Senior Exemptions

There are two types of tax exemptions for seniors, available through the Lynnfield Assessor’s office. They are referenced by their state law clause number; Clause 17E and Clause 41D. Each of these clauses have different restrictions and qualifications for receiving the exemption amount. Age is not the only factor. The higher the exemption amount, the more strict the qualifications. All applicants are required to support their application with documentation and all applications are reviewed.
 
Qualifications for each of the exemptions are outlined below.
 
Elderly, Surviving Spouses, Minor whose father is deceased
 
Exemption amount: $285.00
 
An applicant for the Elderly category must be 70 years of age by July 1st of the tax year.
 
An applicant for Surviving Spouses or a Minor whose father is deceased does not have an age limitation.
 
All applicants must have owned and occupied the property on which the exemption is being filed for the past 5 consecutive years and must have had a domicile or legal home in Massachusetts for 10 consecutive years.
 
The total net worth of all property (excluding the domicile), plus personal property (i.e. value of vehicles/autos); bank accounts, CDs; stocks, bonds, tax-free accounts etc. cannot exceed $64,902.00
 
Note: These are FY2020 eligibility requirements which are adjusted annually (COLA).
 
Exemption amount: $750.00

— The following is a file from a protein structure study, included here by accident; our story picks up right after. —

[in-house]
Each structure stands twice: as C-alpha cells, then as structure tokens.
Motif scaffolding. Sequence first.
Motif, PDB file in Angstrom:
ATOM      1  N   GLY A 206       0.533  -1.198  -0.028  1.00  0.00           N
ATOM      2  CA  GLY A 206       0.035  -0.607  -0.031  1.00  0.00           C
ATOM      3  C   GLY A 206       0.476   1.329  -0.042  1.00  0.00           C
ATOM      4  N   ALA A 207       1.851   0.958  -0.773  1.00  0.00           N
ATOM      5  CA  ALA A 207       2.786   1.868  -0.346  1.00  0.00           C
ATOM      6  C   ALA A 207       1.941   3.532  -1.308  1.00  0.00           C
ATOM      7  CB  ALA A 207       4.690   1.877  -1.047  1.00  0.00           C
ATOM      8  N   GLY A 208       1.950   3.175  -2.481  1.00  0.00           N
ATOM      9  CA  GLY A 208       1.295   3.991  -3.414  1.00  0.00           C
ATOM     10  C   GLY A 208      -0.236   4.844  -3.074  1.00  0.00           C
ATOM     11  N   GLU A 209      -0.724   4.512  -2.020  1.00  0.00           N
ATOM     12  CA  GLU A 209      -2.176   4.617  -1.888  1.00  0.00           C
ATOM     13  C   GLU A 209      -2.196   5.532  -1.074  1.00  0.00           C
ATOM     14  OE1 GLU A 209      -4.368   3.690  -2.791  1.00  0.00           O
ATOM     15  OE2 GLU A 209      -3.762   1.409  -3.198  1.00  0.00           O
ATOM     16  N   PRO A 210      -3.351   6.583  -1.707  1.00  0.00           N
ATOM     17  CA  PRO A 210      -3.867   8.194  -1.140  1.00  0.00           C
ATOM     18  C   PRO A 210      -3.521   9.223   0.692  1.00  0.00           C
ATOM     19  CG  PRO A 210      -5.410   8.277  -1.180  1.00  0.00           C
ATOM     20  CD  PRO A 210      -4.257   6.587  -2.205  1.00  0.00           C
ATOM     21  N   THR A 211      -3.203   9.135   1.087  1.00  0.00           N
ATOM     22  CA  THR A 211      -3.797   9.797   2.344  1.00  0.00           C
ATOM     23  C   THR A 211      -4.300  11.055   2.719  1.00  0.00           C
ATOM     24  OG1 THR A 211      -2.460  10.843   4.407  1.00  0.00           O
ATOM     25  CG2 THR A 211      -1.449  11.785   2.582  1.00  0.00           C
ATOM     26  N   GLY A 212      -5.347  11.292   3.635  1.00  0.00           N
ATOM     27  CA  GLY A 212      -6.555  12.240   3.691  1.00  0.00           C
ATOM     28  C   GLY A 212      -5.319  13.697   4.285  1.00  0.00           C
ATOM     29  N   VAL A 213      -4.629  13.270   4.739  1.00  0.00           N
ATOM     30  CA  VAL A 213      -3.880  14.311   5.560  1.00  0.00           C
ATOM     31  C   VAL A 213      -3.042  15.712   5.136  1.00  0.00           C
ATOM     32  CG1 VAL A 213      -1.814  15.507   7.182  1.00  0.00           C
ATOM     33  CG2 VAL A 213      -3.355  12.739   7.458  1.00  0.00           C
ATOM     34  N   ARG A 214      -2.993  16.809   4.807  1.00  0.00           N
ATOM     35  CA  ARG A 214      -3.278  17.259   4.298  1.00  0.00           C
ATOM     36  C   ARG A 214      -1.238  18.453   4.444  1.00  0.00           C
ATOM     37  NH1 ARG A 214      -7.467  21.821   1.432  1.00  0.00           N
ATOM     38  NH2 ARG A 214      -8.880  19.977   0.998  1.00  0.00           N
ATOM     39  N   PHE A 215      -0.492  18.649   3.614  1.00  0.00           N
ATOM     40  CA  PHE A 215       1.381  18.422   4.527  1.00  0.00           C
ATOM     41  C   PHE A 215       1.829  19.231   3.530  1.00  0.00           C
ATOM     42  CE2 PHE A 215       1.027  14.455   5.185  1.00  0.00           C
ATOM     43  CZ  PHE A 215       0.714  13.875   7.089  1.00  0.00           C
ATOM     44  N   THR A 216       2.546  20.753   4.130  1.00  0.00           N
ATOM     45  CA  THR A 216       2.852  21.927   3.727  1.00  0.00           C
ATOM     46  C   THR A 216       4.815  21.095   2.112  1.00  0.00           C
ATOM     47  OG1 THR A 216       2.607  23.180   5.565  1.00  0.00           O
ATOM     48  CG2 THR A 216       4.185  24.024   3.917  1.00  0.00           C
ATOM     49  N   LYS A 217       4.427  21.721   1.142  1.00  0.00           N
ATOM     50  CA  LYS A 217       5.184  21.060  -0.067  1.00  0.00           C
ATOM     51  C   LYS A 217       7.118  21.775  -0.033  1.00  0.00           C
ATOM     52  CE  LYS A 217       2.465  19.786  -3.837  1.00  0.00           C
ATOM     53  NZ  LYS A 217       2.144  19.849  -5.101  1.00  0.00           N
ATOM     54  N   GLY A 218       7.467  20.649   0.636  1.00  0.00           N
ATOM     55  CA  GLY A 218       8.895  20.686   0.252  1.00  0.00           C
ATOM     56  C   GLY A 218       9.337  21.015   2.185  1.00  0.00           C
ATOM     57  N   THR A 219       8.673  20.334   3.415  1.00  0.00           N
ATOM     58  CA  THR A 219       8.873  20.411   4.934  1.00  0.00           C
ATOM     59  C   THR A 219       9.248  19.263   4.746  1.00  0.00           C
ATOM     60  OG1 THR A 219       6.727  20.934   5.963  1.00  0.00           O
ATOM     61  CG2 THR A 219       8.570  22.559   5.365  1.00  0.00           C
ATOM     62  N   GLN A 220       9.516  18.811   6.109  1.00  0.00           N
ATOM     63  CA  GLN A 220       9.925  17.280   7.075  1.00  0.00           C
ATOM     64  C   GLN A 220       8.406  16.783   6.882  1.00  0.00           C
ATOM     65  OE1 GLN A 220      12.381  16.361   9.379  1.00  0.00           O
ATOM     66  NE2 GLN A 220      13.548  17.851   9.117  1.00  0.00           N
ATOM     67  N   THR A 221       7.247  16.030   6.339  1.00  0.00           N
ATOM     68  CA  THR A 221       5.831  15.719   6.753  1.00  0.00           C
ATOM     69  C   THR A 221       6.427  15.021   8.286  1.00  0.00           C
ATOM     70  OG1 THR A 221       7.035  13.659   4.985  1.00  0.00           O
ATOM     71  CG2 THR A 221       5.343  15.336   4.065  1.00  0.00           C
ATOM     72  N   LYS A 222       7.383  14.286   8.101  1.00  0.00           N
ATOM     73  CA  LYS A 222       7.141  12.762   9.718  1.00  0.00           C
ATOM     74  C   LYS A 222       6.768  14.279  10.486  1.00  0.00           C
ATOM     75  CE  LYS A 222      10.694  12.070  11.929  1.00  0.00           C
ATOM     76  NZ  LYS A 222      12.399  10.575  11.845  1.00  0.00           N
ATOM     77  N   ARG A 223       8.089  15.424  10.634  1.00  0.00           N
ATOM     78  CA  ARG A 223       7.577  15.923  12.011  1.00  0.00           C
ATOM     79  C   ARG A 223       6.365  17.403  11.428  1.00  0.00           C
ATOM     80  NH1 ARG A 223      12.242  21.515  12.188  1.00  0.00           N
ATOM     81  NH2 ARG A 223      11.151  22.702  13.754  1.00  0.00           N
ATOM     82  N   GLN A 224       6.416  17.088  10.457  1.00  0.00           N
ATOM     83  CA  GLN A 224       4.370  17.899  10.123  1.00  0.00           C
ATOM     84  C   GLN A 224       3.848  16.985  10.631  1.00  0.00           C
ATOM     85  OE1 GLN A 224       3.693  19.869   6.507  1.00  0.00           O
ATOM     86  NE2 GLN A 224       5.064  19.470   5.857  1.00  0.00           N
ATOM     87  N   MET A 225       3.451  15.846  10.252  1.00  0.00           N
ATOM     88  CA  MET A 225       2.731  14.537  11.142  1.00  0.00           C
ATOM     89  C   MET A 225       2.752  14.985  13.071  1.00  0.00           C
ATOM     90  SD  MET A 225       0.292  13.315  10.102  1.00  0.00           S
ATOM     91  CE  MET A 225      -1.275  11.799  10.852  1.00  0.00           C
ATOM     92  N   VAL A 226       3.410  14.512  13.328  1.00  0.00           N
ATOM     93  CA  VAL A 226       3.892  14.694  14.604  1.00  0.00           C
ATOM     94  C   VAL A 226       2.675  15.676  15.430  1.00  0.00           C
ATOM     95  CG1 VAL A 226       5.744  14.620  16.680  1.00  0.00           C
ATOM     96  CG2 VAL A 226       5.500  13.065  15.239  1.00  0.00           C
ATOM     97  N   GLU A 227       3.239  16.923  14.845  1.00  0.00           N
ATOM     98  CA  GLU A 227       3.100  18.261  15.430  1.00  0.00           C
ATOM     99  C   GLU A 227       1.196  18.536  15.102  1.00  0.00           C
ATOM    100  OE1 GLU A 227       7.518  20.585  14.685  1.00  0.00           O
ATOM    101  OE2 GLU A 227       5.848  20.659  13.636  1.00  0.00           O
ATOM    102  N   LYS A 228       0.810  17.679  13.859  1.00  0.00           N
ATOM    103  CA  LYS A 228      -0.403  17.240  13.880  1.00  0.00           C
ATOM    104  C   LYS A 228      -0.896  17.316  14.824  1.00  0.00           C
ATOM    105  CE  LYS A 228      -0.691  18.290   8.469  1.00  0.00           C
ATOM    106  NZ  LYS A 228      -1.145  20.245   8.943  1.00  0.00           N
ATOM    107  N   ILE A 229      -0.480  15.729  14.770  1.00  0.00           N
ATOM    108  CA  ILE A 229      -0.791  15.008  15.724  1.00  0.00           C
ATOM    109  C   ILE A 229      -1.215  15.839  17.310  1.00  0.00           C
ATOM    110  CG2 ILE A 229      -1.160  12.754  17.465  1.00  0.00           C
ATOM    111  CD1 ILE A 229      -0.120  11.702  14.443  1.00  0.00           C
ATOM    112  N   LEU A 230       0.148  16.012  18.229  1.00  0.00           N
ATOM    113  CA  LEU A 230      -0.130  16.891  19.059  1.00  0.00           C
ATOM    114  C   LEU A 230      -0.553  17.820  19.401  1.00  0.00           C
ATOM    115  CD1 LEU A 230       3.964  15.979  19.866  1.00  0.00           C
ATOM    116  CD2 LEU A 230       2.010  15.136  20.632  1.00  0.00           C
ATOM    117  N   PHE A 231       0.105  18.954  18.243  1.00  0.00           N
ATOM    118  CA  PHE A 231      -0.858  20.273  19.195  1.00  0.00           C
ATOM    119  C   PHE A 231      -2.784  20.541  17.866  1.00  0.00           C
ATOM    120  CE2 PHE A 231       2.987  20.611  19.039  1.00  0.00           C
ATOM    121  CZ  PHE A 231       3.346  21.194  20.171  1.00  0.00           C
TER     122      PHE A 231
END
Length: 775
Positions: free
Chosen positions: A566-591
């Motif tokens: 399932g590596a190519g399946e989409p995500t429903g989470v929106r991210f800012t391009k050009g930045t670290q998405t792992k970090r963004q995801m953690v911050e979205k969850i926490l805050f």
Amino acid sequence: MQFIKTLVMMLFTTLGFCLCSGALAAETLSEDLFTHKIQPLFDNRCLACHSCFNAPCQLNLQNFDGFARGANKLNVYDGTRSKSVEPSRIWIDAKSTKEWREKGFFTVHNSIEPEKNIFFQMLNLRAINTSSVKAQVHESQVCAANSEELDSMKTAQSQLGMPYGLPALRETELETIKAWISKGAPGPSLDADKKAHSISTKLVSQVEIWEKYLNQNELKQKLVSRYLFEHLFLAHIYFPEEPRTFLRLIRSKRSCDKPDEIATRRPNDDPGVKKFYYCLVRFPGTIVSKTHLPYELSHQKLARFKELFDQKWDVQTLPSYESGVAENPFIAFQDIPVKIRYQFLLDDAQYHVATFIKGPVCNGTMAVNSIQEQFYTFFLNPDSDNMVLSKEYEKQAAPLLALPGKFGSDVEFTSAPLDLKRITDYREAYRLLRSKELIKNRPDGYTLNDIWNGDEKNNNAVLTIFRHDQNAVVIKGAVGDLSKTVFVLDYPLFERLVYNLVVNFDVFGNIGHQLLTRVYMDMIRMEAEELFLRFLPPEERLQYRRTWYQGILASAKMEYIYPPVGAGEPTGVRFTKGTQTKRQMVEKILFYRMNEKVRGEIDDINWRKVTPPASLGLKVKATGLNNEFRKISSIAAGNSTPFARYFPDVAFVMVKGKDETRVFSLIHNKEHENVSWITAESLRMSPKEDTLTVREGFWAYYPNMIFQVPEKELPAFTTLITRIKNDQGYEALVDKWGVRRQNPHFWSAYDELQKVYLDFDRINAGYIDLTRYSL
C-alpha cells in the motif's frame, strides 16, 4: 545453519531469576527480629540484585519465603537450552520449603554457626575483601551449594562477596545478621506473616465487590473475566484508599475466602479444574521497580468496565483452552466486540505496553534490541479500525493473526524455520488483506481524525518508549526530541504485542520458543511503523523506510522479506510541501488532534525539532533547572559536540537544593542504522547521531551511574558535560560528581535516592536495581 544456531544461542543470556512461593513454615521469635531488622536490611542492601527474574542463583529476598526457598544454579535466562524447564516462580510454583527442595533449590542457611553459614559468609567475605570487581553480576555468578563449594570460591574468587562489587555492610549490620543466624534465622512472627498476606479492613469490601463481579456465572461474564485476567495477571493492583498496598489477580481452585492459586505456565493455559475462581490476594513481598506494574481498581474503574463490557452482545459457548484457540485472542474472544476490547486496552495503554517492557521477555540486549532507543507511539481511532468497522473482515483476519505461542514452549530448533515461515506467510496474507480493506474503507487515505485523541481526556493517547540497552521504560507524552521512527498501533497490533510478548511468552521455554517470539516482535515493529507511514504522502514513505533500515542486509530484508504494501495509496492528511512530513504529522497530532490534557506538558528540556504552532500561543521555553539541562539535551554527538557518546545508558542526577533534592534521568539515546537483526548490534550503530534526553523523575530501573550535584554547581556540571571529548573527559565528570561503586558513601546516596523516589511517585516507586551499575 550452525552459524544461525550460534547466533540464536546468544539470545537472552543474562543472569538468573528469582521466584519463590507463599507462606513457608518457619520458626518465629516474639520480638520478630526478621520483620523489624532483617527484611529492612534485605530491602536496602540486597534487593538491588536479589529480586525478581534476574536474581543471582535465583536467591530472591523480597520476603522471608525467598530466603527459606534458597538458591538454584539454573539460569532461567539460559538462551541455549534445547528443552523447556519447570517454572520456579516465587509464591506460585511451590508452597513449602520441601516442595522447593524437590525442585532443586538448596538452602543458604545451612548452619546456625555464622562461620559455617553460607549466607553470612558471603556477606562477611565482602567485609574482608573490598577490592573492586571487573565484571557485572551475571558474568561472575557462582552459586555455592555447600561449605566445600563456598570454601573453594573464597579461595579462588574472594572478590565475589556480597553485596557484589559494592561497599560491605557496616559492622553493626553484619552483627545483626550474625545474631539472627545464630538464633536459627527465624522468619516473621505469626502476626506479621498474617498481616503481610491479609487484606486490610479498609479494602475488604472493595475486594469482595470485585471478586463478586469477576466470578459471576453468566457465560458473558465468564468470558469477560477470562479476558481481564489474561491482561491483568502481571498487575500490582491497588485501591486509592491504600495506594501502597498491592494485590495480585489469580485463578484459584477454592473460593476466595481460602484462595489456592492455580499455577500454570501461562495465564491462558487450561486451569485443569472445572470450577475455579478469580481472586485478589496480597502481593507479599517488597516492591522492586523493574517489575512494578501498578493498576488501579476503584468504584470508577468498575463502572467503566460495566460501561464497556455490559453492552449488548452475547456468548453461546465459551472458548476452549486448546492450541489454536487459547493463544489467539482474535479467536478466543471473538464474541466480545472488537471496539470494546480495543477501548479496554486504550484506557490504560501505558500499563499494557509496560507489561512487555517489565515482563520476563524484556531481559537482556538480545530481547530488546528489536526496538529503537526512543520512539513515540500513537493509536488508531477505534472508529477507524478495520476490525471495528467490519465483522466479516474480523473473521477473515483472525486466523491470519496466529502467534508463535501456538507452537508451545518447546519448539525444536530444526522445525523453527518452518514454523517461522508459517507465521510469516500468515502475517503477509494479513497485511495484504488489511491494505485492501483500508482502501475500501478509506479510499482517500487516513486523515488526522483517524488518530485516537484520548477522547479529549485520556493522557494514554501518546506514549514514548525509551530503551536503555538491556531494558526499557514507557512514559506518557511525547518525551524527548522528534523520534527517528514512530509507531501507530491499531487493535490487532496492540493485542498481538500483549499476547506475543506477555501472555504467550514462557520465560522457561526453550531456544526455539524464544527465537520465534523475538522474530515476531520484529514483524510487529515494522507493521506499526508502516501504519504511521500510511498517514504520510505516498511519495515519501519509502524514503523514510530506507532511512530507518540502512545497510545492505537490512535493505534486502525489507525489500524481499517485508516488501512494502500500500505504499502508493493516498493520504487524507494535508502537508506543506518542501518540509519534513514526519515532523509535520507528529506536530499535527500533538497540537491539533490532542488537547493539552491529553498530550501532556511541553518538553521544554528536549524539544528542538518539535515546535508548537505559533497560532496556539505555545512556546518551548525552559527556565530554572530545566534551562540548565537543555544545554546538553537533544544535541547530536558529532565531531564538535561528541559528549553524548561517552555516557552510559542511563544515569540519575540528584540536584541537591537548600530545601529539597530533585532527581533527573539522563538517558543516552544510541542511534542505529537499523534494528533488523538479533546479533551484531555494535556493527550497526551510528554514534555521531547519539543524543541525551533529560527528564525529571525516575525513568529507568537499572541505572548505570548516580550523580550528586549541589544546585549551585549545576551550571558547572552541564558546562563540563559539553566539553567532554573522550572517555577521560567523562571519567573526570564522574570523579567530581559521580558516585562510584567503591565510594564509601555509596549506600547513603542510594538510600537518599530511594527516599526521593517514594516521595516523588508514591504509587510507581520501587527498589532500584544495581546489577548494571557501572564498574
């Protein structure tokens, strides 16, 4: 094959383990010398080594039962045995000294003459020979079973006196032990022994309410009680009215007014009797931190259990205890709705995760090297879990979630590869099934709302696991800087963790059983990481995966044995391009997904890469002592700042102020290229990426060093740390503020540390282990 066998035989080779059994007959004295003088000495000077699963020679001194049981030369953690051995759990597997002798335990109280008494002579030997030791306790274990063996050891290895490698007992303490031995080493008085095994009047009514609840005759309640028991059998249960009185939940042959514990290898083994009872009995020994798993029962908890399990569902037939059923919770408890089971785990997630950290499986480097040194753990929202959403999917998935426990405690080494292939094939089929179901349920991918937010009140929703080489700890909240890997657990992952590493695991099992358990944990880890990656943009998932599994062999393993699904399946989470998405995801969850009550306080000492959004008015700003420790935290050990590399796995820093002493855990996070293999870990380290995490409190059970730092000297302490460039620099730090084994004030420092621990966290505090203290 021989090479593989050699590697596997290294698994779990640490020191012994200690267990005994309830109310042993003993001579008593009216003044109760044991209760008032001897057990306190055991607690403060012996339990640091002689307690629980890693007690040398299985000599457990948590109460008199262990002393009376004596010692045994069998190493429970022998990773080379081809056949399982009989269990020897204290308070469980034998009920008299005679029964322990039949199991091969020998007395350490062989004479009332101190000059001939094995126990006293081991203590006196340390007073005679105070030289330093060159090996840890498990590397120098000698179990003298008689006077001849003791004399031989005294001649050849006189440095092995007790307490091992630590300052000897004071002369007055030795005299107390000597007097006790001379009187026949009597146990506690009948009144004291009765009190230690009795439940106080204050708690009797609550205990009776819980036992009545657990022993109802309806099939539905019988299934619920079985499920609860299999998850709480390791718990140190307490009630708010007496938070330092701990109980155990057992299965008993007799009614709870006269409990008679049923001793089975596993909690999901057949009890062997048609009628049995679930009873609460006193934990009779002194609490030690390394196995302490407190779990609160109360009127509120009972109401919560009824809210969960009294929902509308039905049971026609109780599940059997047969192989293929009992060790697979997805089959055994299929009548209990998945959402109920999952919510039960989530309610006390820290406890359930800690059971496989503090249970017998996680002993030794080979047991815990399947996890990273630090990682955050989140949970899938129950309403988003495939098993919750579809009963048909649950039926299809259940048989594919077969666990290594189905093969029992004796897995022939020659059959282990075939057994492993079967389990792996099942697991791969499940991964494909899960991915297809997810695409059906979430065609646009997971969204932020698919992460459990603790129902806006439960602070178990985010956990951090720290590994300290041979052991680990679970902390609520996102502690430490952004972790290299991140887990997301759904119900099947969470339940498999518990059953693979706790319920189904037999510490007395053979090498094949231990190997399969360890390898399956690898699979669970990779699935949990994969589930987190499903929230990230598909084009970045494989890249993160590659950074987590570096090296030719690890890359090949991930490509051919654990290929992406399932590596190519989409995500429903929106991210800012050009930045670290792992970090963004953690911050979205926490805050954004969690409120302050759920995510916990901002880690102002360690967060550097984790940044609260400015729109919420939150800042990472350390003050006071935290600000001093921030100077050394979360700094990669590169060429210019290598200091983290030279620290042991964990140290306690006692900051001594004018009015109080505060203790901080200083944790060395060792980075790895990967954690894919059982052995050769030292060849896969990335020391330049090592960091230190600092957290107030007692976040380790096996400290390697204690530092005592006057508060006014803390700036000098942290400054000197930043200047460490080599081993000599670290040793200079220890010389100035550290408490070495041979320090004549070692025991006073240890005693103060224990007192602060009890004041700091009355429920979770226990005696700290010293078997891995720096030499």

The applicant must be 65 years of age by July 1st of the tax year (7/1/2019).
 
The applicant must have owned and occupied the property on which the exemption is being filed for the past 5 consecutive years and must have had a domicile or legal home in Massachusetts for 10 consecutive years.
 
All sources of income (wages, recent income, social security, spouses social security, pension, spouses pension, bank interest and dividends, tax-free interest, etc.) minus a deductible minimum (which is determined annually by the Department of Revenue), must not exceed $27,234.00 if single or $40,849.00 if married.
 
The total estate/net worth; income producing property value (excluding the domicile), plus personal property (i.e. value of vehicles/autos); bank accounts, stocks, bonds, CDs, tax-free accounts, value on other real estate property, etc. cannot exceed $52,726.00 if single or $69,507.00 if married.
 
Note: These are FY2020 guidelines which are adjusted for inflation annually
 
Important Additional Information!
 
The following amounts should be deducted from the income limits for those who received income from Social Security, Railroad Retirement or government pensions:
Worker = $4,758.00; Spouse = $2,379.00; or both = $7,137.00